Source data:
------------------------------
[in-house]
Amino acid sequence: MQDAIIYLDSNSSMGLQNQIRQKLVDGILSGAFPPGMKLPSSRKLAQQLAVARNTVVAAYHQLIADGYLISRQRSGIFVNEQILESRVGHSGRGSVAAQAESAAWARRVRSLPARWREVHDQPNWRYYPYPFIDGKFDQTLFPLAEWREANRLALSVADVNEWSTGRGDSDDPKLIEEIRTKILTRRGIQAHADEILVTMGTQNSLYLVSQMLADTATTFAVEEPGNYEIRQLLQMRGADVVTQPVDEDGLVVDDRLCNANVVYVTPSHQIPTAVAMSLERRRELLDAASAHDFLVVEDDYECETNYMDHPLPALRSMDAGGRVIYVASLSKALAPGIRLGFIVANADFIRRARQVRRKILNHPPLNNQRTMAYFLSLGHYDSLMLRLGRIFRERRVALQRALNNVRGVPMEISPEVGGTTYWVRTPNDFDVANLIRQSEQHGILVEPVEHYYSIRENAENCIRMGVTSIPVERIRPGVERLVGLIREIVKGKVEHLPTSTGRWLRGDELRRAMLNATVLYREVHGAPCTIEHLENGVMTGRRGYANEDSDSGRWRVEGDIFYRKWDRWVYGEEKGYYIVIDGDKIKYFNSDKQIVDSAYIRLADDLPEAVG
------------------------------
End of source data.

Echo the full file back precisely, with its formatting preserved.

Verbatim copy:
[in-house]
Amino acid sequence: MQDAIIYLDSNSSMGLQNQIRQKLVDGILSGAFPPGMKLPSSRKLAQQLAVARNTVVAAYHQLIADGYLISRQRSGIFVNEQILESRVGHSGRGSVAAQAESAAWARRVRSLPARWREVHDQPNWRYYPYPFIDGKFDQTLFPLAEWREANRLALSVADVNEWSTGRGDSDDPKLIEEIRTKILTRRGIQAHADEILVTMGTQNSLYLVSQMLADTATTFAVEEPGNYEIRQLLQMRGADVVTQPVDEDGLVVDDRLCNANVVYVTPSHQIPTAVAMSLERRRELLDAASAHDFLVVEDDYECETNYMDHPLPALRSMDAGGRVIYVASLSKALAPGIRLGFIVANADFIRRARQVRRKILNHPPLNNQRTMAYFLSLGHYDSLMLRLGRIFRERRVALQRALNNVRGVPMEISPEVGGTTYWVRTPNDFDVANLIRQSEQHGILVEPVEHYYSIRENAENCIRMGVTSIPVERIRPGVERLVGLIREIVKGKVEHLPTSTGRWLRGDELRRAMLNATVLYREVHGAPCTIEHLENGVMTGRRGYANEDSDSGRWRVEGDIFYRKWDRWVYGEEKGYYIVIDGDKIKYFNSDKQIVDSAYIRLADDLPEAVG